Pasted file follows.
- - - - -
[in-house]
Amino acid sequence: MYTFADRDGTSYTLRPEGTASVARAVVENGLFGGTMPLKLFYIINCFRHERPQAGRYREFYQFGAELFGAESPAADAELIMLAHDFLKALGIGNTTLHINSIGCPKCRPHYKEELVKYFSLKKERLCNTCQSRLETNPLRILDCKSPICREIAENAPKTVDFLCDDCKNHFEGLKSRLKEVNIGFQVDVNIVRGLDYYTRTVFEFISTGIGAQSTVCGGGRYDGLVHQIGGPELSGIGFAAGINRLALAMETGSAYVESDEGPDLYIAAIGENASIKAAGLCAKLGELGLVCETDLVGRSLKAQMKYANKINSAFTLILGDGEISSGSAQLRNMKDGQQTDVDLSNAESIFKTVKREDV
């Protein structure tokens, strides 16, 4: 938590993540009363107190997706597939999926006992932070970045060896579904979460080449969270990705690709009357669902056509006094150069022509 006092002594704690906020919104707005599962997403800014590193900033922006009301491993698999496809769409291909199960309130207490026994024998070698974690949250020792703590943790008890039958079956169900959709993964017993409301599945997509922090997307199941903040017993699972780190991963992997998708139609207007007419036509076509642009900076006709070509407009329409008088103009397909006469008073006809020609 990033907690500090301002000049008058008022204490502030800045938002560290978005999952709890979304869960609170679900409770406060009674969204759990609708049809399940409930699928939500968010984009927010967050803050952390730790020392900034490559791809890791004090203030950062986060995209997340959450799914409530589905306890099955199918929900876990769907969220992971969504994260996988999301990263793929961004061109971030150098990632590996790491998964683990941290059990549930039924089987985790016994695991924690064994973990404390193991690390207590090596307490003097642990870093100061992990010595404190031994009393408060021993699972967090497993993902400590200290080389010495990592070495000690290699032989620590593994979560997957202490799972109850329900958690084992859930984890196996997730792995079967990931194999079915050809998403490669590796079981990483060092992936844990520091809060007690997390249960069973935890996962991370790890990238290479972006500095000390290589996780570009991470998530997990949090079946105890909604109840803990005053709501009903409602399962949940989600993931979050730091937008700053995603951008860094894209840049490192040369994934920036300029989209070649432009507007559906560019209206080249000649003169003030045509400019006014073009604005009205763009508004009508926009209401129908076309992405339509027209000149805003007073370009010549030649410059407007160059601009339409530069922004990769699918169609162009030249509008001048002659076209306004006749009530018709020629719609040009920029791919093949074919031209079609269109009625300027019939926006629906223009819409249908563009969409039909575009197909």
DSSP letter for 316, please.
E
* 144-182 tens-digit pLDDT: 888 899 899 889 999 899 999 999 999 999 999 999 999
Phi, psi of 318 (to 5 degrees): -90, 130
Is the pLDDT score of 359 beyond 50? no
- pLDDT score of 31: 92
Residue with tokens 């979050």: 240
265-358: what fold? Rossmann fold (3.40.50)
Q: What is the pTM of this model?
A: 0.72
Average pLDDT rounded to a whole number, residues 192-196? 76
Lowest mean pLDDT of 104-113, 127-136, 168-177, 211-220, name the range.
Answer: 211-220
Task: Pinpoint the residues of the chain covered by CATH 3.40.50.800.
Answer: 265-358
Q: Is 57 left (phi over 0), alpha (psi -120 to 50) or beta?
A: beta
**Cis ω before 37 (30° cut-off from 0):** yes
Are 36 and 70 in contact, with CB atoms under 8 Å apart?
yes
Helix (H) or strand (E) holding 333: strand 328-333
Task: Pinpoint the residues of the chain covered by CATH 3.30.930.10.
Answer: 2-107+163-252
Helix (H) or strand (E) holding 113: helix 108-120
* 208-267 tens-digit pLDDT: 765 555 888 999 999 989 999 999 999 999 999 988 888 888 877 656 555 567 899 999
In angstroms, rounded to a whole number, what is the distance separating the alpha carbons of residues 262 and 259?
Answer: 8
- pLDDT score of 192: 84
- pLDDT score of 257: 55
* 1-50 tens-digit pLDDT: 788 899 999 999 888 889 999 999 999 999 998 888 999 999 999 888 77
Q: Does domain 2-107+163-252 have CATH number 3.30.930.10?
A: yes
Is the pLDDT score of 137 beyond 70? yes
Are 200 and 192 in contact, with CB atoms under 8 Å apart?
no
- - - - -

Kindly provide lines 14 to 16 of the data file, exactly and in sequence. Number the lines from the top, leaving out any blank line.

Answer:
Average pLDDT rounded to a whole number, residues 192-196? 76
Lowest mean pLDDT of 104-113, 127-136, 168-177, 211-220, name the range.
Answer: 211-220